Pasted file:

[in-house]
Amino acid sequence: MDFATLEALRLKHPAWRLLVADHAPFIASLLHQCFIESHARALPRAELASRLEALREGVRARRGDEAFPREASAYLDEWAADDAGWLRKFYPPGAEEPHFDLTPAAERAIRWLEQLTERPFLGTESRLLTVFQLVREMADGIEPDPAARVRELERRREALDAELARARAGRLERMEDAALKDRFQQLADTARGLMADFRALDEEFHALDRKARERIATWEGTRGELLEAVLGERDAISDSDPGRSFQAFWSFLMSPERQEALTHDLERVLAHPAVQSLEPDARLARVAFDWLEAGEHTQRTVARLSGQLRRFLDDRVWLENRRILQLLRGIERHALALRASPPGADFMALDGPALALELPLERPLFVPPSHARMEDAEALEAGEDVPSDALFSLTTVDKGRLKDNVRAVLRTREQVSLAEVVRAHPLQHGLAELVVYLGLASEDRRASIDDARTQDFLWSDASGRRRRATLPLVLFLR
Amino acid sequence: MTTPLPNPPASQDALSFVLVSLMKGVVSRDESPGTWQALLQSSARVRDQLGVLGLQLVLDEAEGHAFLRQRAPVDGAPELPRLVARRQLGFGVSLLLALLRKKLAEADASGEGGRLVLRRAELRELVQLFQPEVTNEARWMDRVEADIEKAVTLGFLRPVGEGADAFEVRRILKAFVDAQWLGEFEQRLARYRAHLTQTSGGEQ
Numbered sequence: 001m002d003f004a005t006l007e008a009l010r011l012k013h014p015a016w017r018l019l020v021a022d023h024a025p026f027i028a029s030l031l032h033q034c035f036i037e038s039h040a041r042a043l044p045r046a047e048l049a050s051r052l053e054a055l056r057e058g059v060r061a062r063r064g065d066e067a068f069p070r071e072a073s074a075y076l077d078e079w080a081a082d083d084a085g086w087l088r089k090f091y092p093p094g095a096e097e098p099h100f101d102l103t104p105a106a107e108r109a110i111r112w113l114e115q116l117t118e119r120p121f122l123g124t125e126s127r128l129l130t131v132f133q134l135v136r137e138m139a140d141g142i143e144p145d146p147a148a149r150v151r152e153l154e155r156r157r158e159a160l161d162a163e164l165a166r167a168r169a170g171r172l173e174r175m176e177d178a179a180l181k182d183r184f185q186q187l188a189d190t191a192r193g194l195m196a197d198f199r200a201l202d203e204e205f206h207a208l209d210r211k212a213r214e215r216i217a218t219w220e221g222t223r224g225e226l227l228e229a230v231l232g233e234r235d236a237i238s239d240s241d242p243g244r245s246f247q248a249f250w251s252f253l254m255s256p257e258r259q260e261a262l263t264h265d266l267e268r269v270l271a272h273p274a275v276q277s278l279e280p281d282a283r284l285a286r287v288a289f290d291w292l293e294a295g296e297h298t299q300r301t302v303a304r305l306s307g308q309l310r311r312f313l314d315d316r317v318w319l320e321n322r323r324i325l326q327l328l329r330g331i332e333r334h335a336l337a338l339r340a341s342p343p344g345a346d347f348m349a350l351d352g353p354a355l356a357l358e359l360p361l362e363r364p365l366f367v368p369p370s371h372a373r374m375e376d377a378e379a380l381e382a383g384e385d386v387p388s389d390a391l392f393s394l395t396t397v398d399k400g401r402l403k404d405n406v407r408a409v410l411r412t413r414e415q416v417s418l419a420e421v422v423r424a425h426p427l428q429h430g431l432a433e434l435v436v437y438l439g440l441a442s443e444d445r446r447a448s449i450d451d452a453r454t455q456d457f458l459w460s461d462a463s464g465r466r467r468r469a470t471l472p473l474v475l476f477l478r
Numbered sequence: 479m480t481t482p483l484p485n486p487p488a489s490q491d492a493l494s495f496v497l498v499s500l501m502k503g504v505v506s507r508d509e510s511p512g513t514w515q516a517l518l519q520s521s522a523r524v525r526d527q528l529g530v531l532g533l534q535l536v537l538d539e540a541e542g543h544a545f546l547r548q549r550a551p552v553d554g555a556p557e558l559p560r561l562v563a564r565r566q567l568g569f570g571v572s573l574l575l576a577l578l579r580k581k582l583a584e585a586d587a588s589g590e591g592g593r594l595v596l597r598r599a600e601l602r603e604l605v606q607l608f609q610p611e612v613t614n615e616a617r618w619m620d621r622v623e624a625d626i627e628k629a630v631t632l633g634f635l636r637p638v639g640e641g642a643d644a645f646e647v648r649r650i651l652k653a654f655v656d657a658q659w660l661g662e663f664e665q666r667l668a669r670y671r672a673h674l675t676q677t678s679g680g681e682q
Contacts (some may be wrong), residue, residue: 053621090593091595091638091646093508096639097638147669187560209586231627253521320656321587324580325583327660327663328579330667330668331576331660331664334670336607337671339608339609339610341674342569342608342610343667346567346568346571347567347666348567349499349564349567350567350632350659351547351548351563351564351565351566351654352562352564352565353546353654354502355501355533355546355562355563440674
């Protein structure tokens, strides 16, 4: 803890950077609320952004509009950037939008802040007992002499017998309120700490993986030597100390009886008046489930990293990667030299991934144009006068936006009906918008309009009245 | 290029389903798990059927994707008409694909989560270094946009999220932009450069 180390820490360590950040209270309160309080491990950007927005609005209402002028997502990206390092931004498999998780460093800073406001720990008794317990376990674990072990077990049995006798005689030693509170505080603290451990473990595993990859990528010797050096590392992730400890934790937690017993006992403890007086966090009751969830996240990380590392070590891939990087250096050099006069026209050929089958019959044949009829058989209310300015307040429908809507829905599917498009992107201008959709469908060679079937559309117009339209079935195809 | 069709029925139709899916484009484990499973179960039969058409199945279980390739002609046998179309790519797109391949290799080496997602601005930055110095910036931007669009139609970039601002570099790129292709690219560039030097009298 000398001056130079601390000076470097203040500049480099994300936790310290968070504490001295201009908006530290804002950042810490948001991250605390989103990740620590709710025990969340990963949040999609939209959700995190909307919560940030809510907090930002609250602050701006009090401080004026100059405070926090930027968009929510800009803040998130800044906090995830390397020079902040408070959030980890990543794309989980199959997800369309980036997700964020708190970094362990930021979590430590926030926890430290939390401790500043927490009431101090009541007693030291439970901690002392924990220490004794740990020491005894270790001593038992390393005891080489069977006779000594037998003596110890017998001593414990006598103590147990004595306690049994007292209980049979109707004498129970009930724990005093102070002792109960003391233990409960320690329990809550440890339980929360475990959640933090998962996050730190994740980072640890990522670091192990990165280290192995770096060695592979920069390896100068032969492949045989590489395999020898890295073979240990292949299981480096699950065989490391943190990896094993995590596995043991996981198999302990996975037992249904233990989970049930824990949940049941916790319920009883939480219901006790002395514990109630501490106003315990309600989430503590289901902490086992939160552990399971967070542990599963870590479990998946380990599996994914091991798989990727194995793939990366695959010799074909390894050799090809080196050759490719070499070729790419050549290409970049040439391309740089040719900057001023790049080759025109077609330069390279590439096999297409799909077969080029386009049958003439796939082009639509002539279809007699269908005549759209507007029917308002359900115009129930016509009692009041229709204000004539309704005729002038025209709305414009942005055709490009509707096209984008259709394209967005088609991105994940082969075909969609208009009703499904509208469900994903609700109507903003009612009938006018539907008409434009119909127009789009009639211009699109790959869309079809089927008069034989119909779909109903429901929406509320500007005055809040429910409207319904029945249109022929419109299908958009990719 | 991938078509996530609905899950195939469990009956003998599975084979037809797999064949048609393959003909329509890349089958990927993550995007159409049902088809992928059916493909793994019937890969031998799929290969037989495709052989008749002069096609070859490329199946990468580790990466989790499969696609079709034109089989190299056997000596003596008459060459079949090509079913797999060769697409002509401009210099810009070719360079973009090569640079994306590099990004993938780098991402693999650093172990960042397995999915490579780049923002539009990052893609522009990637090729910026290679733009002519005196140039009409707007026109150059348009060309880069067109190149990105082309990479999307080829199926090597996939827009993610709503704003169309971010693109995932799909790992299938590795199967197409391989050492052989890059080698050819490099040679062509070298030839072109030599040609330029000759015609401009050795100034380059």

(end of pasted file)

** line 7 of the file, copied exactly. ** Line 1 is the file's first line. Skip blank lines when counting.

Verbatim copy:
């Protein structure tokens, strides 16, 4: 803890950077609320952004509009950037939008802040007992002499017998309120700490993986030597100390009886008046489930990293990667030299991934144009006068936006009906918008309009009245 | 290029389903798990059927994707008409694909989560270094946009999220932009450069 180390820490360590950040209270309160309080491990950007927005609005209402002028997502990206390092931004498999998780460093800073406001720990008794317990376990674990072990077990049995006798005689030693509170505080603290451990473990595993990859990528010797050096590392992730400890934790937690017993006992403890007086966090009751969830996240990380590392070590891939990087250096050099006069026209050929089958019959044949009829058989209310300015307040429908809507829905599917498009992107201008959709469908060679079937559309117009339209079935195809 | 069709029925139709899916484009484990499973179960039969058409199945279980390739002609046998179309790519797109391949290799080496997602601005930055110095910036931007669009139609970039601002570099790129292709690219560039030097009298 000398001056130079601390000076470097203040500049480099994300936790310290968070504490001295201009908006530290804002950042810490948001991250605390989103990740620590709710025990969340990963949040999609939209959700995190909307919560940030809510907090930002609250602050701006009090401080004026100059405070926090930027968009929510800009803040998130800044906090995830390397020079902040408070959030980890990543794309989980199959997800369309980036997700964020708190970094362990930021979590430590926030926890430290939390401790500043927490009431101090009541007693030291439970901690002392924990220490004794740990020491005894270790001593038992390393005891080489069977006779000594037998003596110890017998001593414990006598103590147990004595306690049994007292209980049979109707004498129970009930724990005093102070002792109960003391233990409960320690329990809550440890339980929360475990959640933090998962996050730190994740980072640890990522670091192990990165280290192995770096060695592979920069390896100068032969492949045989590489395999020898890295073979240990292949299981480096699950065989490391943190990896094993995590596995043991996981198999302990996975037992249904233990989970049930824990949940049941916790319920009883939480219901006790002395514990109630501490106003315990309600989430503590289901902490086992939160552990399971967070542990599963870590479990998946380990599996994914091991798989990727194995793939990366695959010799074909390894050799090809080196050759490719070499070729790419050549290409970049040439391309740089040719900057001023790049080759025109077609330069390279590439096999297409799909077969080029386009049958003439796939082009639509002539279809007699269908005549759209507007029917308002359900115009129930016509009692009041229709204000004539309704005729002038025209709305414009942005055709490009509707096209984008259709394209967005088609991105994940082969075909969609208009009703499904509208469900994903609700109507903003009612009938006018539907008409434009119909127009789009009639211009699109790959869309079809089927008069034989119909779909109903429901929406509320500007005055809040429910409207319904029945249109022929419109299908958009990719 | 991938078509996530609905899950195939469990009956003998599975084979037809797999064949048609393959003909329509890349089958990927993550995007159409049902088809992928059916493909793994019937890969031998799929290969037989495709052989008749002069096609070859490329199946990468580790990466989790499969696609079709034109089989190299056997000596003596008459060459079949090509079913797999060769697409002509401009210099810009070719360079973009090569640079994306590099990004993938780098991402693999650093172990960042397995999915490579780049923002539009990052893609522009990637090729910026290679733009002519005196140039009409707007026109150059348009060309880069067109190149990105082309990479999307080829199926090597996939827009993610709503704003169309971010693109995932799909790992299938590795199967197409391989050492052989890059080698050819490099040679062509070298030839072109030599040609330029000759015609401009050795100034380059």